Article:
Two workers of Waldeck Safari Farm spent a cold Tuesday night under a tree after their employer dropped them by the roadside over alleged poaching activities.
The workers - Benny Skrywer (44) and Eric Gomaxab (45) - claimed that Jacobus Briedenhann, who owns Waldeck Safari Farm on the outskirts of Windhoek, accused them of killing springbok.
Skrywer and Gomaxab were employed as drivers and handymen on the farm, which according to a website is a "hidden paradise" that offers trophy hunting adventures and the ultimate safari experience.
The two men claim that Briedehann forced them to sign resignation letters in incomprehensible English, and forced them to admit engaging in poaching activities before he dumped them on the Windhoek-Rehoboth road near Farm Aris.
Skrywer told The Namibian through an interpreter that Briedenhann told them to resign, or he would shoot them and bury their bodies in a shallow grave.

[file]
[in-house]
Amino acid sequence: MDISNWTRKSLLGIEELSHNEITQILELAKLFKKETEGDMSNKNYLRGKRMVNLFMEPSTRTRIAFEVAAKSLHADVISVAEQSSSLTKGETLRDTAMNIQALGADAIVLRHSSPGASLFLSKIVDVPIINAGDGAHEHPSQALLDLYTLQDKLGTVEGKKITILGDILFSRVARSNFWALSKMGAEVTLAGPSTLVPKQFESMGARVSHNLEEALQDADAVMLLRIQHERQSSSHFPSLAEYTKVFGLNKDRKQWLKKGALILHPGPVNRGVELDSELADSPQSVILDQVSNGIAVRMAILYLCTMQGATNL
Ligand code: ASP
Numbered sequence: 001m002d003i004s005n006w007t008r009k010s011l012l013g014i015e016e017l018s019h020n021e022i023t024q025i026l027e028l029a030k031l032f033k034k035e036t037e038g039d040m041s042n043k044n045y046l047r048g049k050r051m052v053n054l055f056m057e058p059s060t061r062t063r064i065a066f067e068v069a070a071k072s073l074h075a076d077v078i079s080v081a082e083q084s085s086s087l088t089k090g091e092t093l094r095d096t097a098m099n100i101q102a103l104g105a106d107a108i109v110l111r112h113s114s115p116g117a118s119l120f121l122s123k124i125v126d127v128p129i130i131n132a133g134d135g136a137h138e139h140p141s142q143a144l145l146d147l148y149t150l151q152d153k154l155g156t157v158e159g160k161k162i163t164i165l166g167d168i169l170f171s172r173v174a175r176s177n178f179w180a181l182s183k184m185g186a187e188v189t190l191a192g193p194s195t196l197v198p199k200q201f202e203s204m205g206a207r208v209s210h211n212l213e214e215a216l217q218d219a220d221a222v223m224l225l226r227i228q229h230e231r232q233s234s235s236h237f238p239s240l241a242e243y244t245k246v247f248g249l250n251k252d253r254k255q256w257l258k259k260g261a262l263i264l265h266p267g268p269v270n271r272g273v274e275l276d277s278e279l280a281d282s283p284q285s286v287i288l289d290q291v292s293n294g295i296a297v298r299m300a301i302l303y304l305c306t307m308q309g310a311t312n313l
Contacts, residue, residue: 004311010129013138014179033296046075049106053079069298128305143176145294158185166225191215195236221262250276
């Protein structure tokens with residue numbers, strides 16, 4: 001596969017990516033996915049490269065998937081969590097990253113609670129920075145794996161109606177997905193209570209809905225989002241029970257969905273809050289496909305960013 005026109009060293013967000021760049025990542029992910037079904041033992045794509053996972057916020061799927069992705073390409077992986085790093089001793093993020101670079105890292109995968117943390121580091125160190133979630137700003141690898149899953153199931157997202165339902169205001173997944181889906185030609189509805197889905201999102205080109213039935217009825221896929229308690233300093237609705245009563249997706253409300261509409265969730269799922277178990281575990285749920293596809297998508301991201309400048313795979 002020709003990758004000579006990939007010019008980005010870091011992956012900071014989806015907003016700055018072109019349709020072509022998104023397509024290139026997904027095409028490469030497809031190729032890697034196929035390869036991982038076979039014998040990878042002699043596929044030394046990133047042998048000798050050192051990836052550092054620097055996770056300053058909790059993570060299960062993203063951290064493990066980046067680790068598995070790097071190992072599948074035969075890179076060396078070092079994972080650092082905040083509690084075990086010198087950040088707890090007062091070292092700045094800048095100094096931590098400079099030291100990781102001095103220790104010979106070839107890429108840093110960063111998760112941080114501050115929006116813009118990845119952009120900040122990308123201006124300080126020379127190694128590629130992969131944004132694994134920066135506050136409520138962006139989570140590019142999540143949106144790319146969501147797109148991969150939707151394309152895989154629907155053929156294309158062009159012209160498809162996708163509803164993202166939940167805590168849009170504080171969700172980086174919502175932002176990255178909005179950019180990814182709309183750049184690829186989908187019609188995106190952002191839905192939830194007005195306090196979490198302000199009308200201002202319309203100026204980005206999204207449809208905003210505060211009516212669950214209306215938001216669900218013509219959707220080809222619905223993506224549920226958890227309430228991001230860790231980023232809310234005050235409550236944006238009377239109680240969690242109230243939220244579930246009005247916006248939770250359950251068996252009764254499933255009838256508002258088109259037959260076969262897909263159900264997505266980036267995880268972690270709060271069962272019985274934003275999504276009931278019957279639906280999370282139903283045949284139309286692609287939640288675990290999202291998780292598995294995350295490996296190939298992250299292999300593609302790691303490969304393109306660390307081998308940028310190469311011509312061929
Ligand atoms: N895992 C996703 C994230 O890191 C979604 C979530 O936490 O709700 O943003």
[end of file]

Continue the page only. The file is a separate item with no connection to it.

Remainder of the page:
According to Skrywer, Briedenhann on Saturday stopped him from going to watch his five children participate in sports activities at Farm Aris, where they are in the boarding school.
Skrywer and Gomaxab, however, defied the order and went to Farm Aris. They only returned on Sunday, whereupon Briedenhann accused them of poaching, and dismissed them.
The two further claimed that the poaching accusations came after the farm's anti-poaching unit found a wire snare behind Skywer's house on Saturday while he was away.
"I have been working for Briedenhann for 22 years. I'm saddened that he would treat me like this. I have nowhere else to go," said Skrywer sadly.
He noted that his children might be forced out of the hostel as he no longer has money to pay for their accommodation.
Gomaxab, who had been at the farm for seven years, said: "There was no explanation given as to why I lost my job."
Briedenhann yesterday told The Namibian that some wild animals were missing on his farm, while others were found dead over the past few months.
Briedenhann said both Skrywer and Gomaxab on Tuesday admitted committing the crime, and resigned willingly after he had questioned them.
"I informed them that if they did not want to go to jail on charges of poaching, they should resign, and I would not have to go to the police with this," he claimed.
Briedenhann said he paid them their last wages before evicting them from his farm.
Skrywer and Gomaxab plan to report their dismissal to the ministry of labour.